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5 things I know about: Event planning and marketing


Ryan Kennedy
guest columnist

Whether you are coordinating an event for 20 people or 200 people, the details can be stressful. Our marketplace hosts thousands of events on an annual basis. Hosting a successful networking event, open house or charity function requires patience and a strong set of organizational skills.

1. Focus on the small stuff

Every aspect of each event comes with its own “to-do lists.” The venue, staff, food, printed material, responsibilities, third party vendors – all combined together – require a lot of communication. The smallest detail (missed or made) can make or break your event.

2. Avoid schedule conflicts

Planning an event? Make sure you research all area chambers of commerce, trade groups and media groups event calendars. Plan accordingly and avoid scheduling an event on the same day as a similar themed event or a popular community event. It can easily hurt
your turnout.

3. Advertise early and often

There are more events than days in the year. How will your’s get noticed? Make sure your audience is aware in advance and gently remind them 150 times. Social calendars fill up quickly, three to four weeks at a time. If you start planning or marketing an event two weeks in advance, you probably shouldn’t host the event. Plan, at a minimum, 15 to 20 business days out.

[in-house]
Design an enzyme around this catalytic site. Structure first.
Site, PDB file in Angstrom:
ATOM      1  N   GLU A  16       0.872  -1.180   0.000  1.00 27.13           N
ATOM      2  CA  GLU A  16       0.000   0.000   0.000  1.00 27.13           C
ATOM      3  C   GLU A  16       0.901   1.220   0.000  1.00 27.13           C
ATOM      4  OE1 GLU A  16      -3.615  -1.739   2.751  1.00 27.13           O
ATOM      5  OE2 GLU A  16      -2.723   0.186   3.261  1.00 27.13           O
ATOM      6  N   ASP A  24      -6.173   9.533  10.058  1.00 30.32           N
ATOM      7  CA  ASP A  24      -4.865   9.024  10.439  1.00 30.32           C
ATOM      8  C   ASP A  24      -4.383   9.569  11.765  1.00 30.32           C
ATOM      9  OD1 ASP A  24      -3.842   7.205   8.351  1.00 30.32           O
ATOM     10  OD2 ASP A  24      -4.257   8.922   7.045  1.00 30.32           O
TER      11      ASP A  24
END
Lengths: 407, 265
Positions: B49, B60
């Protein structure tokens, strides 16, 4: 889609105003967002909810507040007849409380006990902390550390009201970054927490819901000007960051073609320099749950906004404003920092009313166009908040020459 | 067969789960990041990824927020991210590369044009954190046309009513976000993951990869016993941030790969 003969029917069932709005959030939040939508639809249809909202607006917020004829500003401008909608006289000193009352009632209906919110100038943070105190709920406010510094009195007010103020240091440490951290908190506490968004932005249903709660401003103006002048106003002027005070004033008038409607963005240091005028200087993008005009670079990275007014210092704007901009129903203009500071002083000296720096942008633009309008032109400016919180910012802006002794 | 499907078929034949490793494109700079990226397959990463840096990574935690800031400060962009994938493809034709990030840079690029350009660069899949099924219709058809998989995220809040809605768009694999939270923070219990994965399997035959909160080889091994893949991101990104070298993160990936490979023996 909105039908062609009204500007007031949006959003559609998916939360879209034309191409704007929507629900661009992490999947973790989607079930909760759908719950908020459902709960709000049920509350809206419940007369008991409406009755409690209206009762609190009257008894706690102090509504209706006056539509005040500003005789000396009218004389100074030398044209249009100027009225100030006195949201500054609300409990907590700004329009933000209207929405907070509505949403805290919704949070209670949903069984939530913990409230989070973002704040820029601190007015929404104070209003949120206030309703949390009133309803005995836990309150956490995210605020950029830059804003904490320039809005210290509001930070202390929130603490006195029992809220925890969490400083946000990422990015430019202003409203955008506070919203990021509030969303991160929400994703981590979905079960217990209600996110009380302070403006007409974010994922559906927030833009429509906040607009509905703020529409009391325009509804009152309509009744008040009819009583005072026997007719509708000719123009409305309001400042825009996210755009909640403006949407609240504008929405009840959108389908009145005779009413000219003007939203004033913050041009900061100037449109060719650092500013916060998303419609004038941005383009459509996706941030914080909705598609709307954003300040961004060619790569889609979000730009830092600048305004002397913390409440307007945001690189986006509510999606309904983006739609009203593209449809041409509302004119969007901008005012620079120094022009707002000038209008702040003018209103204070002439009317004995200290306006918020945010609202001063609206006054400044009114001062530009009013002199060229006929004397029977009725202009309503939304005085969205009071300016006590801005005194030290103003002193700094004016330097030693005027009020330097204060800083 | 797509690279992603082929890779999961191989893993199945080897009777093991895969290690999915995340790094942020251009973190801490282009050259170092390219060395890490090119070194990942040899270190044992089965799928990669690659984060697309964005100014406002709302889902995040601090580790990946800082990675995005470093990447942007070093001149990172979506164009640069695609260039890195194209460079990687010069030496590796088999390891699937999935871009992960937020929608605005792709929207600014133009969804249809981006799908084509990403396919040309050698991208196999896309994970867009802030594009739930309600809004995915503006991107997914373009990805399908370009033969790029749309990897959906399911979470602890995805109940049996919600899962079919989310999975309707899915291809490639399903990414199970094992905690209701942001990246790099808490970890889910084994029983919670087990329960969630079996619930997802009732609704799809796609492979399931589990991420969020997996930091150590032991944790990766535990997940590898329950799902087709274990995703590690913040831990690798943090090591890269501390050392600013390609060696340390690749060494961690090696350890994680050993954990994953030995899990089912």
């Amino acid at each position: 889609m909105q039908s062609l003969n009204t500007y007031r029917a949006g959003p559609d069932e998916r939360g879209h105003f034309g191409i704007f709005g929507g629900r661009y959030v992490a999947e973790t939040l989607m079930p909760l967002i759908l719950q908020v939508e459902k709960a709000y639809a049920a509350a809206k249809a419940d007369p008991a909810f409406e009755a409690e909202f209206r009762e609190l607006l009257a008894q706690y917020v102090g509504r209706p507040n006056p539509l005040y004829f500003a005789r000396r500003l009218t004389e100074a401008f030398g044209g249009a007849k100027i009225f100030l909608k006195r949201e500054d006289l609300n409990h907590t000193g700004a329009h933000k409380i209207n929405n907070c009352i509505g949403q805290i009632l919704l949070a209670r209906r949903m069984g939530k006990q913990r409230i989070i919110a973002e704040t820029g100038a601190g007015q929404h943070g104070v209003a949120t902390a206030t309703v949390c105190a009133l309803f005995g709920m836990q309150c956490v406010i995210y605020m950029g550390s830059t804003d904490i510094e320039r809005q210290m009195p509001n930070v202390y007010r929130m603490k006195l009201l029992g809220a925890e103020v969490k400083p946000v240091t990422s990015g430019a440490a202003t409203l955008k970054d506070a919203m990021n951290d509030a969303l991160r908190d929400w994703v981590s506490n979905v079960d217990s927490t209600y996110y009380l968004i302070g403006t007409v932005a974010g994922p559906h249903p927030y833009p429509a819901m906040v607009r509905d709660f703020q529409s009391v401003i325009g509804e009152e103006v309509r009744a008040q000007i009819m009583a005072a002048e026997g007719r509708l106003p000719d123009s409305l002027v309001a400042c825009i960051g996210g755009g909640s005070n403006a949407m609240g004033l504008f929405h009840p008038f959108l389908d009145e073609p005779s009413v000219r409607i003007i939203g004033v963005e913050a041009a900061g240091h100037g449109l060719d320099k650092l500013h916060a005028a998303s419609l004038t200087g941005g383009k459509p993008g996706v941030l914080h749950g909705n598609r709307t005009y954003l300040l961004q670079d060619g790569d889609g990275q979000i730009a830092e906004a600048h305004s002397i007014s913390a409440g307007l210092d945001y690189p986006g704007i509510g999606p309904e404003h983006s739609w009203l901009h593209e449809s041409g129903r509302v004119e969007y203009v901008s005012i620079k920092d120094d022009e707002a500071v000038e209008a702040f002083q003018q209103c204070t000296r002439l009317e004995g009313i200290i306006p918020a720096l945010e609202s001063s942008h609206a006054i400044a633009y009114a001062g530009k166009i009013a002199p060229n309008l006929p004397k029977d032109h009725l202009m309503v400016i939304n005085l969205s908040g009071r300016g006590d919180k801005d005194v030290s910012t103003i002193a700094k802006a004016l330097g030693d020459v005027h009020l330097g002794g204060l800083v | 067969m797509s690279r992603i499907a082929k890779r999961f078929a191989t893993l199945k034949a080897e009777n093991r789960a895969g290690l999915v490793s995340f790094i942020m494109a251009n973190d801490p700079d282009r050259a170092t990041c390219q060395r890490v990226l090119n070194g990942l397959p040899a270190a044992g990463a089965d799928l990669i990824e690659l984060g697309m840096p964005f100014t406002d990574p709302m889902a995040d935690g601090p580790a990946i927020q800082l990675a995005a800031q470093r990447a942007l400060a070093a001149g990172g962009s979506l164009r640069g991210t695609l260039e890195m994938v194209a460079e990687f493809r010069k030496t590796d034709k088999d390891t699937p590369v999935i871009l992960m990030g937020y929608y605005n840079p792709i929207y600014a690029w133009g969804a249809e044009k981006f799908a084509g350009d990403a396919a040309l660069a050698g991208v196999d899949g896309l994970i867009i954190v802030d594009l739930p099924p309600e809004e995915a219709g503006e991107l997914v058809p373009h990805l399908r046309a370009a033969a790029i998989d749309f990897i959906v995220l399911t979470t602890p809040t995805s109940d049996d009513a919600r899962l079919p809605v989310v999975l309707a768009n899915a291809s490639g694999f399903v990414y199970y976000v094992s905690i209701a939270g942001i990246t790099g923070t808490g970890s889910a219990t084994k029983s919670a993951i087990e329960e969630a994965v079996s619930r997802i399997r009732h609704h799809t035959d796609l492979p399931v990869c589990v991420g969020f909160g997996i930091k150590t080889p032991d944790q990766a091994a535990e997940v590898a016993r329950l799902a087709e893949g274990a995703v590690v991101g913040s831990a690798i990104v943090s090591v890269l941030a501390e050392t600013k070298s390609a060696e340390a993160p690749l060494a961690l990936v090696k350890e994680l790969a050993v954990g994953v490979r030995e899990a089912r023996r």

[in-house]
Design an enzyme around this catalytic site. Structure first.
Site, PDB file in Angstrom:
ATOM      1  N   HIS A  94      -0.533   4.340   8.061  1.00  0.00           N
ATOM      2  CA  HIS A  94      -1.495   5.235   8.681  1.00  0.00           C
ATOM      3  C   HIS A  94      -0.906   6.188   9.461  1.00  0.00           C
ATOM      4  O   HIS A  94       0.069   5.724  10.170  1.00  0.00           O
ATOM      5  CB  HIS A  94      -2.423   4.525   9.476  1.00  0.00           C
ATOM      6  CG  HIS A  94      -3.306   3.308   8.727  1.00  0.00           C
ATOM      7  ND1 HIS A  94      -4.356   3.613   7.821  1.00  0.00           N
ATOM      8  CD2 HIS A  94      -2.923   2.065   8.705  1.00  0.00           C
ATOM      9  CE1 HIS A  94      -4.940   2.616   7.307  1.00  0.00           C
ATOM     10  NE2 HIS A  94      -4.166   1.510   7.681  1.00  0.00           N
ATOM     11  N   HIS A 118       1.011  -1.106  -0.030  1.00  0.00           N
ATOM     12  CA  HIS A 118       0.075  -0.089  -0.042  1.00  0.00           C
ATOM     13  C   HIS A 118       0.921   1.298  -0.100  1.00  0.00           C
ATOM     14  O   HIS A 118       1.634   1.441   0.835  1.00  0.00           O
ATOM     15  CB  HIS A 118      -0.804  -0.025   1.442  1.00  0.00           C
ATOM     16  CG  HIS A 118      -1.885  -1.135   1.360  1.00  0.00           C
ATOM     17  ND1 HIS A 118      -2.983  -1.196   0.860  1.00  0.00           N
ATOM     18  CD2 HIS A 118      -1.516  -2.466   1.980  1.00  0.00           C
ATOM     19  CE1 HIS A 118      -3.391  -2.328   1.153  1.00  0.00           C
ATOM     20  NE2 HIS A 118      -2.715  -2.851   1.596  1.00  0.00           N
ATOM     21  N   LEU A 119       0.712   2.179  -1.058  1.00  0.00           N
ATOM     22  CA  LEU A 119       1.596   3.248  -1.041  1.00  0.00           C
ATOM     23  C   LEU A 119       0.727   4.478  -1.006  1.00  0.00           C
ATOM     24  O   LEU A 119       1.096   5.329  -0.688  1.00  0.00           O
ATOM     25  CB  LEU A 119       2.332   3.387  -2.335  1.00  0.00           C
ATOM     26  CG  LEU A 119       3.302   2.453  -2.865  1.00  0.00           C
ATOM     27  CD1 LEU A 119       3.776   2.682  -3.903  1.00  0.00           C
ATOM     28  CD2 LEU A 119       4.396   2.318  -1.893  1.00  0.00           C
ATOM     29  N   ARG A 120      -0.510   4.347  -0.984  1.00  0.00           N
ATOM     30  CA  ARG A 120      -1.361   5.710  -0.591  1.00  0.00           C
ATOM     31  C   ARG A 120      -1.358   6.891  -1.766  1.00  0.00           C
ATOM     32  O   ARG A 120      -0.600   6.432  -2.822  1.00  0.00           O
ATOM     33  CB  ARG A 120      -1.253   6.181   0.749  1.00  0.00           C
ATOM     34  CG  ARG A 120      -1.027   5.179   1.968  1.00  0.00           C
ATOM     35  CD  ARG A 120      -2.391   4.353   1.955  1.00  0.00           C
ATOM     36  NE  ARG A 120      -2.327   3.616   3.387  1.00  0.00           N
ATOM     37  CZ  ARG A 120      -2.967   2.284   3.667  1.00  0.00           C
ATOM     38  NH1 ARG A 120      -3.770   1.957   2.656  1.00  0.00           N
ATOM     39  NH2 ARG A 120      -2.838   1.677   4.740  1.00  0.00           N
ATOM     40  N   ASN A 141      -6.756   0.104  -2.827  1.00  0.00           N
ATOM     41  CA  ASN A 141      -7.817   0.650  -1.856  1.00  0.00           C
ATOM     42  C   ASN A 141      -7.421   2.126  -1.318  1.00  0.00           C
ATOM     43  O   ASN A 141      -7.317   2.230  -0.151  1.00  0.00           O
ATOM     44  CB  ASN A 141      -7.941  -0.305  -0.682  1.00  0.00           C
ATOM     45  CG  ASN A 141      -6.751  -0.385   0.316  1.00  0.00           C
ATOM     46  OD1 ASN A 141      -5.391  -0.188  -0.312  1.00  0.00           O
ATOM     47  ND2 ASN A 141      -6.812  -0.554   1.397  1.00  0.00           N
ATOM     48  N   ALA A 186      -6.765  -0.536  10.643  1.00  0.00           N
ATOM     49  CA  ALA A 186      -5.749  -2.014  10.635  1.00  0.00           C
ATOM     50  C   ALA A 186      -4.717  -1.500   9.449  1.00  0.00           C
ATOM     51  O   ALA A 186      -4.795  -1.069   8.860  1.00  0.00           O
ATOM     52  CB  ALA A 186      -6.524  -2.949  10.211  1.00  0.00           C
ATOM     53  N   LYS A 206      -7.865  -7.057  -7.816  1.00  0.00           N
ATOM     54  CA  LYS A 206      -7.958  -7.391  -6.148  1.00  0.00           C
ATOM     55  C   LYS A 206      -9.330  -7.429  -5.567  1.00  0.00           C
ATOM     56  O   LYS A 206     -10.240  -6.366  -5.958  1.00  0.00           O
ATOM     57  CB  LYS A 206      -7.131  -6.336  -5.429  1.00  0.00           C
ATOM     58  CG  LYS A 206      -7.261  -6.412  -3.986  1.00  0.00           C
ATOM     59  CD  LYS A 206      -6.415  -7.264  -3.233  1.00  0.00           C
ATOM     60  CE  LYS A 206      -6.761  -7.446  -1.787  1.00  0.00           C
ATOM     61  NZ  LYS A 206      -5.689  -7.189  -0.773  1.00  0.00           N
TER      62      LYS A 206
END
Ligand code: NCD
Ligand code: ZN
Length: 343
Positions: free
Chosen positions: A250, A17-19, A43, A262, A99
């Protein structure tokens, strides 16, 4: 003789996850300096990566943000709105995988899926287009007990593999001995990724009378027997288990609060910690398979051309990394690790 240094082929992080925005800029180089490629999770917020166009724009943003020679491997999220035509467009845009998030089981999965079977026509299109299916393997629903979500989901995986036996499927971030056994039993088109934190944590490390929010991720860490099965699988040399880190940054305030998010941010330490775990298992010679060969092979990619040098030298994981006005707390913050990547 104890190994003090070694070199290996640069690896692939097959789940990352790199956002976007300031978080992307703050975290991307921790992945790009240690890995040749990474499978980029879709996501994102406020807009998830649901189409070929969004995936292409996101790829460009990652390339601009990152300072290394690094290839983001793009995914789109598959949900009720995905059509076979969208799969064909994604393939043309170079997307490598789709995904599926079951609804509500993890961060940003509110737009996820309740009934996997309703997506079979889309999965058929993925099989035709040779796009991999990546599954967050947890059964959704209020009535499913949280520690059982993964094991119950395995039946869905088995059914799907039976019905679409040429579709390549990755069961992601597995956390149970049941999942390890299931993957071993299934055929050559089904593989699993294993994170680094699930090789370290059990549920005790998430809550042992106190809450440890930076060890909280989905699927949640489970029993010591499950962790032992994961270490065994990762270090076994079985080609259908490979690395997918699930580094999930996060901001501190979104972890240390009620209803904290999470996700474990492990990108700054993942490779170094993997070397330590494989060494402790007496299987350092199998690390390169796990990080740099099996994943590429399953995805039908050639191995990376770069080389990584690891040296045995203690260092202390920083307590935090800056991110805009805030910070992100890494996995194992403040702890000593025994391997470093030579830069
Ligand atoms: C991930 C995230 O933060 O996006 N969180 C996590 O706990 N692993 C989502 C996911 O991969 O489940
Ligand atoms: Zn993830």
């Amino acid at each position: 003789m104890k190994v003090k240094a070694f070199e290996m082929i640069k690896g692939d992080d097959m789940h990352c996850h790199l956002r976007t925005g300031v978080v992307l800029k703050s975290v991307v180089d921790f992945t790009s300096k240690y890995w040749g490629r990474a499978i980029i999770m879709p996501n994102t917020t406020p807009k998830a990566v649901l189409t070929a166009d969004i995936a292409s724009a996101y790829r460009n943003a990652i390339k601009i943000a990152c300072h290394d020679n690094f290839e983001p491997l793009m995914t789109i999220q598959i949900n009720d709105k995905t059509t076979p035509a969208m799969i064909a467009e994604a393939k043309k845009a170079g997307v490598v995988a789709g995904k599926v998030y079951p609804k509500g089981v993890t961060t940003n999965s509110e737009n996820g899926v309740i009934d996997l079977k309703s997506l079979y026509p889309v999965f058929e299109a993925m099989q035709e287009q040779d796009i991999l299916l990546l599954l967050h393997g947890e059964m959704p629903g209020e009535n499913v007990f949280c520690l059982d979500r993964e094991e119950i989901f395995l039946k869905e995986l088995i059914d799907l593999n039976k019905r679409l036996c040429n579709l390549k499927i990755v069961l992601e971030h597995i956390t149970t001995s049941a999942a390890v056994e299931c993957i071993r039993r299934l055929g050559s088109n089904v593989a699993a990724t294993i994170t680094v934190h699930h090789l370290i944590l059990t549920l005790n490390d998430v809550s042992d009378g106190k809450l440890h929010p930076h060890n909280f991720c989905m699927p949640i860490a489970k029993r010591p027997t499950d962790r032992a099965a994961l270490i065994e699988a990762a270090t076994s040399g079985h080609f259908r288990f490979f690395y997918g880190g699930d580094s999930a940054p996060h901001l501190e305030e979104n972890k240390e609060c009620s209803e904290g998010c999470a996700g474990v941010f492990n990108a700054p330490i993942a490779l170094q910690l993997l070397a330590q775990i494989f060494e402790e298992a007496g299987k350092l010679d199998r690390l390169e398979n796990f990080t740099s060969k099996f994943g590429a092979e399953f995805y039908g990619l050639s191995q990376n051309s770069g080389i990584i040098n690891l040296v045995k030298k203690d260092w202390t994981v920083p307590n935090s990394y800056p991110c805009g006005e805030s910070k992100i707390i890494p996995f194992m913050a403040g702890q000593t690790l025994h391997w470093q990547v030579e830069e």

4. Time management

Every event runs on a schedule. Consider your attendees’ time in designing the program timeline and flow. Consider travel time, time of the event, program timeline, networking, mingling and beyond. The clock is the boss.

5. Anticipate mistakes

Expect the unexpected. Something will go wrong (big or small). The more prepared you are, the easier it is to think on your feet and implement a back-up plan.

Ryan Kennedy serves as VP of marketing for Harvey, Hanna & Associates Inc., a real estate development firm based in Newport.

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